Lee was able to dominate Pletcher on top in that match, but couldn't keep Pletcher in check this time. Ryan said getting off bottom would be crucial to Pletcher's success, and the senior took the coaching to heart.
Ryan said he told Pletcher to treat the highly-anticipated rematch with Lee like "just another match."
"We just need to see the Luke Pletcher that attacks," he explained. "He's got a ton of offense and he's hard to wrestle."
After winning his first conference title, Pletcher told Big Ten Network reporter Shane Sparks that he focused on a few key points in preparation for the finals.
"Staying in my position, keep attacking where I want to be and don’t let him dictate the pace," Pletcher said. When asked what put him over the top this time he offered, "a lot of work, that’s all I can say."
Speaking of Rematches
If Pletcher versus Lee was the most-anticipated rematch of the day, the 149-pound final was a close second. Sammy Sasso walked into Carver-Hawkeye Arena six weeks ago as the sixth-ranked wrestler in the class and upset then-No. 1 Pat Lugo, sparking his rise to the top spot in the class.
Sasso won that match with a combination of stifling defense and simply refusing to lose. The bout went into extra innings, and Sasso was able to escape when he needed to and then hold on to Lugo to pick up the win.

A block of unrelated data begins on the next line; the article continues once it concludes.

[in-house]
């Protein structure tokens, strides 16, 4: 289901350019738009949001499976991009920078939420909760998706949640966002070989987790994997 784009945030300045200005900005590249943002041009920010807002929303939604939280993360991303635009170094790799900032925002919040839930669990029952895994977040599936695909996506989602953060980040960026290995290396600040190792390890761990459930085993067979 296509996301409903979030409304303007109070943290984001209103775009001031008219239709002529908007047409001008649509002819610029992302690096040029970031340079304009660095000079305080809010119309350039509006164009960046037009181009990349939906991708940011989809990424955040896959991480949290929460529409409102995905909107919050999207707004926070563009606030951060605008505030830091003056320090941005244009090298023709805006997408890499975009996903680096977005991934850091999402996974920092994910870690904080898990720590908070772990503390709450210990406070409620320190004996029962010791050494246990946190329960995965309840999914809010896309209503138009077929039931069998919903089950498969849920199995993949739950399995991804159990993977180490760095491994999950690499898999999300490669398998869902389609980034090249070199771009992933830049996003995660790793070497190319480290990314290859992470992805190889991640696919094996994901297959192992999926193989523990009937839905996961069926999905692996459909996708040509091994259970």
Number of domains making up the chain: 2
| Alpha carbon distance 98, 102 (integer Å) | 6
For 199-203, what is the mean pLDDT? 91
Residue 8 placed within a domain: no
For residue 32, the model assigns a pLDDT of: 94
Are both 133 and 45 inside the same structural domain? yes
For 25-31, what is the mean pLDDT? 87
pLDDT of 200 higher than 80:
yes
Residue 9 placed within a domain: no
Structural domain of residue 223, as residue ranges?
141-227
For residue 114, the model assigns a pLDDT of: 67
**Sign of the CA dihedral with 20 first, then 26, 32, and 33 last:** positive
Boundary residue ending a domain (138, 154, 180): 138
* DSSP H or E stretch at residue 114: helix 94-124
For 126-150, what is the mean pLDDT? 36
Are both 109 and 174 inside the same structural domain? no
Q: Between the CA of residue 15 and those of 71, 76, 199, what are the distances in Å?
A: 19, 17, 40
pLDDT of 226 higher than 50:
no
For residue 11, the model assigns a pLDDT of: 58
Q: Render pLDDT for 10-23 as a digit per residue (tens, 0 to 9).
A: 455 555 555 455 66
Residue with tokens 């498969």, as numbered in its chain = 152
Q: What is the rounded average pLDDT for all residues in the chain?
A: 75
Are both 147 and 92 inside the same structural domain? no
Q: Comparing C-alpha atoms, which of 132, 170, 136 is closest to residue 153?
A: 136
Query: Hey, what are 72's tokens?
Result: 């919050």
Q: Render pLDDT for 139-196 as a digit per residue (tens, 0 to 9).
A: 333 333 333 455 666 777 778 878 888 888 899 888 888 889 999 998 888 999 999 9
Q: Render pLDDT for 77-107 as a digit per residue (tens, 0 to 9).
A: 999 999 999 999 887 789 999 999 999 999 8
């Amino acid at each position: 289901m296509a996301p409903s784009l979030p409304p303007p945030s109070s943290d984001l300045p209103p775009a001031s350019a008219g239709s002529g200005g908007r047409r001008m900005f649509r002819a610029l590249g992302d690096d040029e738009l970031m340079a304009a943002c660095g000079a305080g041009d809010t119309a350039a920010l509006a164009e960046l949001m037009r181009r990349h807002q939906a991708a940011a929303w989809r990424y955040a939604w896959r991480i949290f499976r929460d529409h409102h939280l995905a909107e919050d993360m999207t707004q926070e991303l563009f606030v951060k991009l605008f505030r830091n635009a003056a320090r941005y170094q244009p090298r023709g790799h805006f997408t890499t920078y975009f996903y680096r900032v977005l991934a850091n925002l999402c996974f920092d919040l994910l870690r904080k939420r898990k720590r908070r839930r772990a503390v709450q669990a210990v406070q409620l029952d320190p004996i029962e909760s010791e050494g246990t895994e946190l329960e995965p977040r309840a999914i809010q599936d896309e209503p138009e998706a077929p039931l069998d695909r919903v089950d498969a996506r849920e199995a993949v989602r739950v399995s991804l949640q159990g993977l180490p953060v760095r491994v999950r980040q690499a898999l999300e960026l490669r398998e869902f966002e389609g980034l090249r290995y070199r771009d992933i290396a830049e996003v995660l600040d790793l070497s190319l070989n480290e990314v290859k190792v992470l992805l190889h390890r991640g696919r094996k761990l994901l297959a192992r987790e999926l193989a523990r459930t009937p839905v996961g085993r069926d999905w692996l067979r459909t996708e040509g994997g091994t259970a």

Lugo turned the tables this time, scoring the only takedown of the match midway in the first period. He rode Sasso to the whistle, taking more than a minute of riding time into the second.
Sasso was masterful on top, however, riding Lugo the entire two minutes. He escaped quickly enough in the third to narrow the score to a 1-point Lugo advantage, but wasn't able to mount a credible offense until the waning seconds of the match.
Despite a great shot in short time and an Ohio State challenge at the whistle, officials determined Sasso didn't finish the takedown and Lugo won the title. As with Pletcher vs. Lee, it seems highly likely that Sasso versus Lugo will be a best-of-three series with the NCAA finals as the rubber match.
Team Standings: Another B1G Trophy